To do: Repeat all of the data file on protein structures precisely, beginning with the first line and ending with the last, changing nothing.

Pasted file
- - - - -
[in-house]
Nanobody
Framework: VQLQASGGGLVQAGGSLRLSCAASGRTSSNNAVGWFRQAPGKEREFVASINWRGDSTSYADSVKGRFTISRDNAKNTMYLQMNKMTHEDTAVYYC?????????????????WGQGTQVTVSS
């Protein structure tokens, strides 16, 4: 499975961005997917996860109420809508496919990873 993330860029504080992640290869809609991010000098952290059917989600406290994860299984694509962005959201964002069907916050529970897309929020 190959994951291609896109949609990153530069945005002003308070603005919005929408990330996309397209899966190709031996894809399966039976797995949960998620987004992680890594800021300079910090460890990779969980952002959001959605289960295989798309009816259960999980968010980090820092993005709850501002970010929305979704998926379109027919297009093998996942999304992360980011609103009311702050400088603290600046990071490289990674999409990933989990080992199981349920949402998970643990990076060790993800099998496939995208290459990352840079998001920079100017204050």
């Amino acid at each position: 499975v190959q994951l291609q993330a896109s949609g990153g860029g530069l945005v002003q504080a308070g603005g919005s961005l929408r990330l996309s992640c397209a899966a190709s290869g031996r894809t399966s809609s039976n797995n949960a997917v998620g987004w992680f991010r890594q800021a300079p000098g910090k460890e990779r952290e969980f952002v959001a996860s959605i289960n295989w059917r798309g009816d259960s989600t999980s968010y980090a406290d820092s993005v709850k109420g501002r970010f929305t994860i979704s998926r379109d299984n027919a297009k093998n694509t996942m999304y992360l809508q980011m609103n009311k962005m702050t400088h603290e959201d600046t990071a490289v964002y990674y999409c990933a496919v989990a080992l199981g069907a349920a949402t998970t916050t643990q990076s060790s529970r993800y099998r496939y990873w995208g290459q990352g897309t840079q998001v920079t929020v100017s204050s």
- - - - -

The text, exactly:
[in-house]
Nanobody
Framework: VQLQASGGGLVQAGGSLRLSCAASGRTSSNNAVGWFRQAPGKEREFVASINWRGDSTSYADSVKGRFTISRDNAKNTMYLQMNKMTHEDTAVYYC?????????????????WGQGTQVTVSS
């Protein structure tokens, strides 16, 4: 499975961005997917996860109420809508496919990873 993330860029504080992640290869809609991010000098952290059917989600406290994860299984694509962005959201964002069907916050529970897309929020 190959994951291609896109949609990153530069945005002003308070603005919005929408990330996309397209899966190709031996894809399966039976797995949960998620987004992680890594800021300079910090460890990779969980952002959001959605289960295989798309009816259960999980968010980090820092993005709850501002970010929305979704998926379109027919297009093998996942999304992360980011609103009311702050400088603290600046990071490289990674999409990933989990080992199981349920949402998970643990990076060790993800099998496939995208290459990352840079998001920079100017204050």
């Amino acid at each position: 499975v190959q994951l291609q993330a896109s949609g990153g860029g530069l945005v002003q504080a308070g603005g919005s961005l929408r990330l996309s992640c397209a899966a190709s290869g031996r894809t399966s809609s039976n797995n949960a997917v998620g987004w992680f991010r890594q800021a300079p000098g910090k460890e990779r952290e969980f952002v959001a996860s959605i289960n295989w059917r798309g009816d259960s989600t999980s968010y980090a406290d820092s993005v709850k109420g501002r970010f929305t994860i979704s998926r379109d299984n027919a297009k093998n694509t996942m999304y992360l809508q980011m609103n009311k962005m702050t400088h603290e959201d600046t990071a490289v964002y990674y999409c990933a496919v989990a080992l199981g069907a349920a949402t998970t916050t643990q990076s060790s529970r993800y099998r496939y990873w995208g290459q990352g897309t840079q998001v920079t929020v100017s204050s």